These were the battles that took place for all to see, and today we try compare to those warriors of old with Catholic men and women who defend the Faith in the media, and in political and other debates, or who by their writing seek to commend the faith to non-believers. There is also defence of the Faith at the level of individuals But how does this fit into the notion of renewal of the person who is an ordinary member of the Order is a question that we have to constantly ask ourselves. I believe that the answer is that Faith is the assurance of things hoped from the conviction of things not seen”. (Hebrews: 11,1). We must be prepared to witness to things unseen as an important part of a spiritual life but of course it is difficult to be such a witness, precisely because they are things unseen, and yet St Paul is insistent on the need for proclaiming the truths of faith.” How are men to call on him (Jesus) if have not come to believe in him? And how can they believe in him if they have never heard of him? And how will they bear of him unless there is a preacher for them?And how will there be preachers if they haven’t been sent? So faith comes from hearing and what is heard comes by the preaching of Christ.(Romans: 10,14-15.17). Our duty as Christians in today’s world is to be like the preachers mentioned in the above text. But what does this mean in practice? In the 1930’s there was an association in England called the Catholic Evidence Guild. Its members were well trained in apologetics and public peaking, but the difficulty was to find them an audience. The local group of the Catholic Evidence Guild decided to take Scripture literally and to send a preacher to the nearby town of Bury St Edmunds. On market day, a kitchen table was placed in the square; a priest called Fr Gilbey stood on it and spoke eloquently, but no one stopped to listen to him. People just looked at him in an awkward way and went past to buy their meat and vegetables as usual. The preacher was speaking to nobody. Perhaps in certain cultures and at certain periods in time such a method would have been successful but it was not successful in the 1930’s and I do not think it is for us today.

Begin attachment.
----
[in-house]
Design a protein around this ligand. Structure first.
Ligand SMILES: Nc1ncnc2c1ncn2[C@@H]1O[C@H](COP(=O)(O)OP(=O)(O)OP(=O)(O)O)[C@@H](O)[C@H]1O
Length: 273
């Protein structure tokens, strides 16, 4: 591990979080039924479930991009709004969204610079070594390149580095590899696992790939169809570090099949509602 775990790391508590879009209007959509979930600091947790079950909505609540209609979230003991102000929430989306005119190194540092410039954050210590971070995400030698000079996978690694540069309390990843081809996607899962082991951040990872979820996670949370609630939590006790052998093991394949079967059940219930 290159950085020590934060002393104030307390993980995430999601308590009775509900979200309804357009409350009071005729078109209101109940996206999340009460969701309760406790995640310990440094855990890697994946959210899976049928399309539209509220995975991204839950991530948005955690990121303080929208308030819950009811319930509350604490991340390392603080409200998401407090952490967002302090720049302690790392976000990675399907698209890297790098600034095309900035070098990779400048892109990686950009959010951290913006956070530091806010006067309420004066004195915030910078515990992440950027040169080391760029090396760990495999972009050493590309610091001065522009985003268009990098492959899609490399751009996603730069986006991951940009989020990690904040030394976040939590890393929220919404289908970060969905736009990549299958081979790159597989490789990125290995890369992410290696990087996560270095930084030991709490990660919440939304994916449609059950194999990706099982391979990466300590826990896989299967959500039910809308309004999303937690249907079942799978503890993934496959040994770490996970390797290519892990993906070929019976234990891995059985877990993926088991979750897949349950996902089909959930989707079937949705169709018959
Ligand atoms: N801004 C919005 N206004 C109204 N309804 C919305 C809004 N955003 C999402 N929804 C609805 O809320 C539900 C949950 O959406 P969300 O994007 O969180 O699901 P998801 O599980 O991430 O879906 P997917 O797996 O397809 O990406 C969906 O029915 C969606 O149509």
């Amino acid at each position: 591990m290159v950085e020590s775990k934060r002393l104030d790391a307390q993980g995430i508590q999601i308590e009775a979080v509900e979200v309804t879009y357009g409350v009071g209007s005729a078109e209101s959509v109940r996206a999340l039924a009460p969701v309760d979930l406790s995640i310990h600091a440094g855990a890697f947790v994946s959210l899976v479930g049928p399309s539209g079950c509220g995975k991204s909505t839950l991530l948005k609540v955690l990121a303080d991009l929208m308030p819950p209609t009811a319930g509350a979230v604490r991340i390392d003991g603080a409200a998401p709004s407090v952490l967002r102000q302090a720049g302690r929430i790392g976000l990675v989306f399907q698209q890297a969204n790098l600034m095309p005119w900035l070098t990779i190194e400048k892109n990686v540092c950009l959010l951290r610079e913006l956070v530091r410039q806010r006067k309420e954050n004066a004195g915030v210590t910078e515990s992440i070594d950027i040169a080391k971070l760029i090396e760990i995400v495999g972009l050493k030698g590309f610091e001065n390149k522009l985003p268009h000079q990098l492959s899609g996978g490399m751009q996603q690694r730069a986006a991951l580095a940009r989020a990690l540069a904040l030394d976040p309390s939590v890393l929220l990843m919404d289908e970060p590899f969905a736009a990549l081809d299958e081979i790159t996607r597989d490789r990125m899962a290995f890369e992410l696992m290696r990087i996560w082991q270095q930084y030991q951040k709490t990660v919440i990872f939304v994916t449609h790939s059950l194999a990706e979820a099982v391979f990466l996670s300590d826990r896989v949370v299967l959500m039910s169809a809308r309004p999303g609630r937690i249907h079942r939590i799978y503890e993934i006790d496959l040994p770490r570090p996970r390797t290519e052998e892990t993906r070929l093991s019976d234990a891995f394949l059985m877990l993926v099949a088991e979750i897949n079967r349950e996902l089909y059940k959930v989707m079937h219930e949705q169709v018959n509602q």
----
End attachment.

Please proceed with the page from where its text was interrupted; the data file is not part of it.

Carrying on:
A better starting point for us in proclaiming the faith is in the comment in St Peter’s first letter: ‘Always have your answer ready for people who ask you the reason for the hope that is in you, but give it with courtesy and respect. (Peter: 3, 15). “Have your answer ready” but in order to have our answer ready we have to constantly renew ourselves so that we have our answer at the tip of our tongue for someone who asks us about the faith we profess. If we think that this is asking too much, we should take to heart a remark made by Pope St. John Paul 2 on this very subject. He said in a Speech to the new Ambassador of the Order of Malta to the Holy See; 13 October 1997.